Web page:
What is Vertebrate Paleontology What You Should Know About Vertebrate Fossils
Fossil vertebrates are usually unique or rare, nonrenewable resources that constitute part of our natural heritage. They provide data by which the history of vertebrate life on Earth may be reconstructed and are one of the primary means of studying evolutionary patterns and processes as well as environmental change.
Becoming a fossil is extremely unlikely to begin with
Many kinds of fossils, including those of most vertebrates, are rare for several reasons. Far less than 1% of the organisms that have ever lived become fossils. Many organisms are not readily preserved as fossils because they do not have hard parts that can preserve well in rock. Only rather unusual sedimentary environments preserve soft parts long enough to become fossilized. The remains of small organisms are more readily destroyed by mechanical and biological processes than the remains of large organisms with sturdy bones.
Also, organisms can only be preserved where sediments accumulate at a fairly high rate. Most organic remains are not buried fast enough to contribute to the fossil record. In addition, vertebrate fossils are generally less common than invertebrate fossils because there have been fewer living vertebrates than invertebrates over geologic time. Although we are fortunate to have some exceptions to these generalizations, spectacular deposits of diverse and complete organisms are rare over the history of the earth. All of this means that the chances of any vertebrate becoming a fossil are very small. Thus, vertebrate fossils are extremely valuable as bearers of information about the past. Furthermore, fossils of extinct groups are not renewable. More fossils will be discovered and collected, but always from a finite supply.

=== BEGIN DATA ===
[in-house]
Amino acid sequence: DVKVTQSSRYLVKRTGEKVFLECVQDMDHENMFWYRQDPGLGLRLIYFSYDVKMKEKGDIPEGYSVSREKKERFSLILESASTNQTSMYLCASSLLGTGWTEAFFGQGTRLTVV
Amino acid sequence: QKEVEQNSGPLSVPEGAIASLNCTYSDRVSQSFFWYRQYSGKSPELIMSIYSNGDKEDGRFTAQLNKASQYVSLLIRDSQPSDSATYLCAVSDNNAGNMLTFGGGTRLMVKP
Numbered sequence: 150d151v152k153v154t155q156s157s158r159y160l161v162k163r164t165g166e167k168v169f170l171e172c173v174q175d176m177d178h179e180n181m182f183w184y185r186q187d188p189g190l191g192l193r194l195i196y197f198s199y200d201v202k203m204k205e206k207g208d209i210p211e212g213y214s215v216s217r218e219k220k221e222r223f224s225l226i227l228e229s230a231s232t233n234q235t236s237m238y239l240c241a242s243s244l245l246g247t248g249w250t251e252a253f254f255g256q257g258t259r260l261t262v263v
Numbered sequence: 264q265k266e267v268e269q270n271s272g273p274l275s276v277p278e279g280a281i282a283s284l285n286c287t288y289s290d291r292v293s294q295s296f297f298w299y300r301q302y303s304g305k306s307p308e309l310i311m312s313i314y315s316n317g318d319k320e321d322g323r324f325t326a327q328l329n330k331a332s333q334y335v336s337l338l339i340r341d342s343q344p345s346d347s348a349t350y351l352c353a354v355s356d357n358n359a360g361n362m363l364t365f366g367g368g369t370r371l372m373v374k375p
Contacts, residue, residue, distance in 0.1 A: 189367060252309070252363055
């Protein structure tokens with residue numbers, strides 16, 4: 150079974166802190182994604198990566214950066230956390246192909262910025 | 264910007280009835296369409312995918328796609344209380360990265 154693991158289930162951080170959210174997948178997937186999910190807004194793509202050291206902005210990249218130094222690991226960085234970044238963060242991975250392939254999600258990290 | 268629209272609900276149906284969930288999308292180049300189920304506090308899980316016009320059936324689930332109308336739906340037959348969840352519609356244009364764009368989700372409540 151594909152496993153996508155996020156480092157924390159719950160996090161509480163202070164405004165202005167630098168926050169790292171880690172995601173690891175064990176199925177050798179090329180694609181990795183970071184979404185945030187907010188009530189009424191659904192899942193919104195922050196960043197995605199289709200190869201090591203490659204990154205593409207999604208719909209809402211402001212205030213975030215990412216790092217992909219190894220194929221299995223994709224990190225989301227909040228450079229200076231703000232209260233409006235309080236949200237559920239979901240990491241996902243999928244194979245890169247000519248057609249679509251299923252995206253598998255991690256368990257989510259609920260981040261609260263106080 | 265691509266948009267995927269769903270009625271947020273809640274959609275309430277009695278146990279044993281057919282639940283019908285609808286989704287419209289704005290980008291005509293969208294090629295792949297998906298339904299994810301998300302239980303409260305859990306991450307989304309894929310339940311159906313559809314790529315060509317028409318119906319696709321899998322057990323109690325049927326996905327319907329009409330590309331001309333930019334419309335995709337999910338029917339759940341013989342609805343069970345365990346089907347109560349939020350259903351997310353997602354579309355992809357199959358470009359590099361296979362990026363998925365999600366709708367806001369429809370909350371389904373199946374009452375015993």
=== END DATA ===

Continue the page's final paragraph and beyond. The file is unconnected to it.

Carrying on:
Where the fossil is found is as important as what it preserves
The rocks in which the fossils are found provide information about the environment of preservation and its climate, position in a historical sequence, and paleogeographic location. Fossil assemblages provide information about ecological interactions and communities.
A fossil collected without this information has lost much of its value, and we know little more than that this animal lived and died. In contrast, when contextual data are collected and studied, we begin to understand how the animal lived. As paleontologists and geologists learn more ways to interpret ancient environments and ecological communities from fossil assemblages in their original context, this information becomes more and more valuable and important.
Access to fossils is crucial for scientists
The understanding of evolutionary processes and relationships comes primarily from comparing the skeletons from different animals to each other. In order to do this; researchers must be able to compare new specimens with those previously unearthed. Only when specimens are properly collected and curated in public institutions can researchers access these specimens in order to make these comparisons. And when these comparisons and interpretations are made, education and the general public greatly benefit by having access to this new interpretive knowledge.